Tobacco smoke is a complex substance that contains upwards of 5000 different chemicals. Smoking during pregnancy has important negative effects on fetal growth. Maternal smoking during pregnancy can decrease birth weight and increase risks for premature births. With each pack of cigarettes smoked during pregnancy a 2.8 gram decrease within neonatal body mass has been noted (Banderali, Martelli, Landi, Morettie, Betti, Radaelli, Lassandro, & Verduci, 2015). Low birth rates among maternal smoking coincides with the reduced amount of blood and oxygen transported to the fetus. Not only can fetal growth be restricted due to smoking during pregnancy but so can brain development. A reduction within brain size and changes in brain functions have been observed in infants exposed to prenatal smoking (Banderali et al., 2015). It is unfortunate to realize that even though the effects of smoking while pregnant are known, there is currently no policy condemning and illegalizing the act. Because of that I have selected maternal smoking and its effect on the fetus as a healthcare policy in hopes to explore and research all of the reasons as to why it should become illegal.
In the information-processing model, decisions can be reached in a systematic and analytical approach. A set of procedures is followed that gathers information, generates ideas, interprets information, and provides evaluation. The information-processing model is context-invariable and can be applied in all decision-making environments (Muntean, 2013). This is why I feel this model of policy-making would be best for creating a policy for maternal smokers. By using communication and clarity the best possible decisions are made. This model will present the straight facts as to why smoking during pregnancy should be illegal and come with penalties to mothers who participate in the act.
In 2015, 3,477 individuals were killed and 391,000 were injured due to a distracted driver and a motor vehicle crash (Centers for Disease Control and Prevention, 2017). Though that is shocking news, we all know it happens on a regular basis, to everyone, most of us are culprits. I have selected to research and present texting and use of cellular devices while driving as a policy priority because it is an epidemic and currently a social norm. Prevention of these activities is imperative to keeping the public safe while on the roads. When many deaths and injuries may be preventable it is necessary to involve law enforcement, schools, and the community at large. Public education and understanding of risk a key to saves lives on our streets and highways. Currently, Florida is one of only four remaining states that maintains texting and driving as a secondary offense. In other words, if you get pulled over for running a stop sign then you may be cited for texting and driving but cannot currently be pulled over for distracted driving. Interestingly, it was just this past Thursday, Florida House Representatives voted 112-2 to pass a bill fully banning texting while driving in the state (Associated Press, 2018, March 1). The public may wonder if the social norms have become so strong that no education can break the unsafe habit of distracted driving. A multidimensional platform for public awareness and may ultimately increase observance of new laws before they are instituted (Sherin, Lowe, Harvey, Leiva, Malik, Matthews, & Suh, 2014). I propose that local authorities support an awareness campaign to educate the public of the new law coming to fruition and that saving lives of those they love is the goal.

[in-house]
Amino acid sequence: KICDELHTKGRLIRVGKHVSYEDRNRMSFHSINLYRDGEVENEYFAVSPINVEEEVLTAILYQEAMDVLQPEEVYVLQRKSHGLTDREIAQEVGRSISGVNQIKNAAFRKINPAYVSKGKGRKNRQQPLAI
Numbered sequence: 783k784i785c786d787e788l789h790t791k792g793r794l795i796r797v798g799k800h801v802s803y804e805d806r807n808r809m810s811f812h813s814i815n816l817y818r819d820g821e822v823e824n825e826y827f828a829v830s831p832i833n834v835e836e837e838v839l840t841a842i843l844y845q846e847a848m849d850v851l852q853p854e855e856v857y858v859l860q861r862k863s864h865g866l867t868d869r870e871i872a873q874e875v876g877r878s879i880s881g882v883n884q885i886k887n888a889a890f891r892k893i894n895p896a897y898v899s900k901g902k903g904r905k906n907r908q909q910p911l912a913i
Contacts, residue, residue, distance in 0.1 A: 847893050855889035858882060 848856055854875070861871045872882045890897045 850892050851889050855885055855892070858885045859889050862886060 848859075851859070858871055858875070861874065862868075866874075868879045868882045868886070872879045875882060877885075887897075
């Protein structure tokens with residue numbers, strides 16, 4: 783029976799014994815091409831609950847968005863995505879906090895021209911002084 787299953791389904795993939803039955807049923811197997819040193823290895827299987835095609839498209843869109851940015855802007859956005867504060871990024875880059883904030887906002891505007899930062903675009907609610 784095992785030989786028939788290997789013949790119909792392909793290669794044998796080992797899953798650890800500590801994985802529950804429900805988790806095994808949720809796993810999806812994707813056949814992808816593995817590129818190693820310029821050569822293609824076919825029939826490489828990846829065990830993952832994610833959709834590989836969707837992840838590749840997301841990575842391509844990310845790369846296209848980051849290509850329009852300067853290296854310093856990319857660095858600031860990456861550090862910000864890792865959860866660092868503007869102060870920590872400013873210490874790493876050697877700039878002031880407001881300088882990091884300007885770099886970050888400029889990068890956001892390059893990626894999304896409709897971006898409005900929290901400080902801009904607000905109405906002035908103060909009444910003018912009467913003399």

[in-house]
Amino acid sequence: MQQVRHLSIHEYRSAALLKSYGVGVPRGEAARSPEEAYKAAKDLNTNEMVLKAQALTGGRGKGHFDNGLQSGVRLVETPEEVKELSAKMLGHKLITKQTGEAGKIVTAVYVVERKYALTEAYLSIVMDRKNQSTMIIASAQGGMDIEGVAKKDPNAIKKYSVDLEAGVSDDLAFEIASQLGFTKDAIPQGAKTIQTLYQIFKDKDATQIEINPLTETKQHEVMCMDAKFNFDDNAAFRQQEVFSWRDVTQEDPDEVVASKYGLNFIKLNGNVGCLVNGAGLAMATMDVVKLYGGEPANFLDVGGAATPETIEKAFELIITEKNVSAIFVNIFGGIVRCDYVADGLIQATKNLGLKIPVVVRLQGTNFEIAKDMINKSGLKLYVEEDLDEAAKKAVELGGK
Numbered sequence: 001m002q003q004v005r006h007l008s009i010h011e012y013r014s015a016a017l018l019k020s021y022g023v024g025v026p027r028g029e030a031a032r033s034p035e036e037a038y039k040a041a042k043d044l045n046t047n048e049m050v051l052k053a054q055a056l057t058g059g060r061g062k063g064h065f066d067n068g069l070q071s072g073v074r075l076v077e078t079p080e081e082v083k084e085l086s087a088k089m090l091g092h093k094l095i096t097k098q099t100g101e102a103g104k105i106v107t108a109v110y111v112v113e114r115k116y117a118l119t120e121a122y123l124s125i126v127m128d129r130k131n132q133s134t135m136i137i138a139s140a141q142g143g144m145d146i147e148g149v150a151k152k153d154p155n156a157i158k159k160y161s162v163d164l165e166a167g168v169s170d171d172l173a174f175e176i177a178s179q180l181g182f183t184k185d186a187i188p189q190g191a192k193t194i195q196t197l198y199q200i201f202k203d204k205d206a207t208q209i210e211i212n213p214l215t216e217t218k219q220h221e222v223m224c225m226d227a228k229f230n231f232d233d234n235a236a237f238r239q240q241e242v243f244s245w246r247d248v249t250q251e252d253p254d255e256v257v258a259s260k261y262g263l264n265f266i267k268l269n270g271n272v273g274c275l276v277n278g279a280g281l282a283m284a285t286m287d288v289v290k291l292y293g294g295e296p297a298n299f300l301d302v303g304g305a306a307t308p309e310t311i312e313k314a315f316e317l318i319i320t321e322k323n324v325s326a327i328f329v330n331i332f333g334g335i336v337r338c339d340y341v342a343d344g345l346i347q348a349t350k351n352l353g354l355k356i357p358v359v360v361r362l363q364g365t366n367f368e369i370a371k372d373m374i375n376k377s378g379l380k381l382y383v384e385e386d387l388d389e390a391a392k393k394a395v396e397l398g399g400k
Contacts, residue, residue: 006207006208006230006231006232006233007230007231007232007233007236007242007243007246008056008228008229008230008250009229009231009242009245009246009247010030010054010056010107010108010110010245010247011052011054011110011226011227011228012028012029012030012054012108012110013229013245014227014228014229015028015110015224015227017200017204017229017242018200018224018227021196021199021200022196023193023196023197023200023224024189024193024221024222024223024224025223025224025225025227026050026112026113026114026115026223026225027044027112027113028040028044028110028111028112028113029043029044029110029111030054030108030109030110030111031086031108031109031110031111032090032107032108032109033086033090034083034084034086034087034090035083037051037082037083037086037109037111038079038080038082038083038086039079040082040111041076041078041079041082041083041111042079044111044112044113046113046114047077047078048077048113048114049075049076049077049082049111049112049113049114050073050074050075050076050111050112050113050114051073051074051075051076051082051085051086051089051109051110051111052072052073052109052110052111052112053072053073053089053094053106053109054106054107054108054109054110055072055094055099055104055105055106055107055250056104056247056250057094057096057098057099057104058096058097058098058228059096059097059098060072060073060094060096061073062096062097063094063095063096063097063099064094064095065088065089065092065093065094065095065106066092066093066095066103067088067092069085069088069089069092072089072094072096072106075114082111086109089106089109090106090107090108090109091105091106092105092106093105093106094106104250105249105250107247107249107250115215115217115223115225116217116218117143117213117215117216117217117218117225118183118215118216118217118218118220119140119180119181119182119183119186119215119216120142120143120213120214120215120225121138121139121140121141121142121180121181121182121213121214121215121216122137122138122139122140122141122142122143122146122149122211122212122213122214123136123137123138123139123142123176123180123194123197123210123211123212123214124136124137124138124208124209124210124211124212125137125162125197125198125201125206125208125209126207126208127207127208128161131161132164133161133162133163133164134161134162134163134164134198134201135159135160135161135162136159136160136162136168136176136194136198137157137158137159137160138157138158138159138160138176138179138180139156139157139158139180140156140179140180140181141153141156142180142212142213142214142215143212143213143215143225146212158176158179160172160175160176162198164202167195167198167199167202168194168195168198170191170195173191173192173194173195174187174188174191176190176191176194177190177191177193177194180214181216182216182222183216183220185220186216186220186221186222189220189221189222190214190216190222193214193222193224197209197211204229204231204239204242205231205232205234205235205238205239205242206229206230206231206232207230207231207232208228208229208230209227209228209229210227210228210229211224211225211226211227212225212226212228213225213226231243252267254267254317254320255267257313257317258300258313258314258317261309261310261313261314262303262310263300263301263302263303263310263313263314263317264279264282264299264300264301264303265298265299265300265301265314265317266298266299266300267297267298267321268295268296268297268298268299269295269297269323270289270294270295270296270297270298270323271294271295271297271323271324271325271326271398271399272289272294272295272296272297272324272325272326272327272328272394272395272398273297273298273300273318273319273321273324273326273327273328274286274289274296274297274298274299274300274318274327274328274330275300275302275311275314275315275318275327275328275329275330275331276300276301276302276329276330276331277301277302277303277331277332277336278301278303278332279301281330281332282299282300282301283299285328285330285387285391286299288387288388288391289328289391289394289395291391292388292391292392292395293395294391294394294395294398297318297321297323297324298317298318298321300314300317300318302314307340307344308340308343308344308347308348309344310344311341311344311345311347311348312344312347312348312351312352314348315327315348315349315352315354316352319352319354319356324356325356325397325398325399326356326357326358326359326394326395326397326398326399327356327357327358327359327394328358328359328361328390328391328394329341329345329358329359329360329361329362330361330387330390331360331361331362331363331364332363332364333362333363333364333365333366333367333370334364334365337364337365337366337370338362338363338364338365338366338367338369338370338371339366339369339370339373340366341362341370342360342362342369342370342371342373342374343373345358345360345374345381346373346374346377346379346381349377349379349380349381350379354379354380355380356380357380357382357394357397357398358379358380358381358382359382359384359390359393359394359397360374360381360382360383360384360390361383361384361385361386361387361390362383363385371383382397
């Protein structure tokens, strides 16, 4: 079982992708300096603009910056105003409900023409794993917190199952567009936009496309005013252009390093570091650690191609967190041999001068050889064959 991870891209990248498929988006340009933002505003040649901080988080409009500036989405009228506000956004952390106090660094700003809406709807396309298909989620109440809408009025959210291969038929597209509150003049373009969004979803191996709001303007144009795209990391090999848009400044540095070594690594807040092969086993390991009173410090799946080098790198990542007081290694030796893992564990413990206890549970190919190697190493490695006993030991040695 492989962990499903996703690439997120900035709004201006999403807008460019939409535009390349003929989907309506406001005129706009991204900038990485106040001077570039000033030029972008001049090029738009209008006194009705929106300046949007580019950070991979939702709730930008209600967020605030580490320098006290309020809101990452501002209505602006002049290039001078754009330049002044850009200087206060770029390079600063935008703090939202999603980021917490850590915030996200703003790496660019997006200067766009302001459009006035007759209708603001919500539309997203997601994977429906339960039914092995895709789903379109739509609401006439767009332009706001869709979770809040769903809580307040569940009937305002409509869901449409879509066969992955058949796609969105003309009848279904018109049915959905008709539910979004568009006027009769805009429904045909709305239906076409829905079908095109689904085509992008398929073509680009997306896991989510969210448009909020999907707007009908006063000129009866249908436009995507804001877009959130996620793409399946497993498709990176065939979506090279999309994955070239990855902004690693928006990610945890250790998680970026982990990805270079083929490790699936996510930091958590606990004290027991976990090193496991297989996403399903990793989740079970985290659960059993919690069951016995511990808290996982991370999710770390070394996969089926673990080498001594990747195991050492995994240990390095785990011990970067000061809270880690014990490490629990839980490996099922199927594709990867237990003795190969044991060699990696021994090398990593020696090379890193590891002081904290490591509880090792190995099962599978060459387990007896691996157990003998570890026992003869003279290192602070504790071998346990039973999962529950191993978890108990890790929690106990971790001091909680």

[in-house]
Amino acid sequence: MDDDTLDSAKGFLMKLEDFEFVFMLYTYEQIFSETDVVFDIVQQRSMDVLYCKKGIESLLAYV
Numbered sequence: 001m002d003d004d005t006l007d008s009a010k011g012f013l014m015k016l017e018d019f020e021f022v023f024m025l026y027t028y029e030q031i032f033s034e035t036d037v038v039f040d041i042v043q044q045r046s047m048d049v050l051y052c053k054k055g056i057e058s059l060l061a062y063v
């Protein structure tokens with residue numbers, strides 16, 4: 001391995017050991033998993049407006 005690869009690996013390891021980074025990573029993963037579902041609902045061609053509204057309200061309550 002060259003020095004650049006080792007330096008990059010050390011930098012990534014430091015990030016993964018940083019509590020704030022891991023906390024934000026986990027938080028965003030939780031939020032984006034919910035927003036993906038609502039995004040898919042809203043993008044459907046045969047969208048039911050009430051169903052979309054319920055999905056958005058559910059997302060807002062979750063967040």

The policy making model that should be applied to my policy issue is incrementalism, or the pilot method. This model involves following degrees of change and bolstering a more gradual step process than other models. Incrementalism should be utilized in approaching the public awareness and education regarding driving safety and bans on texting while driving. This is primarily because it can and should be started quickly with intention to increase in frequency and severity by using a step process. This policy is for local review for community education and awareness. Though distracted driving is an issue that affects each of us daily and involves many stakeholders, the policy being developed is on a smaller scale for local institution and understanding.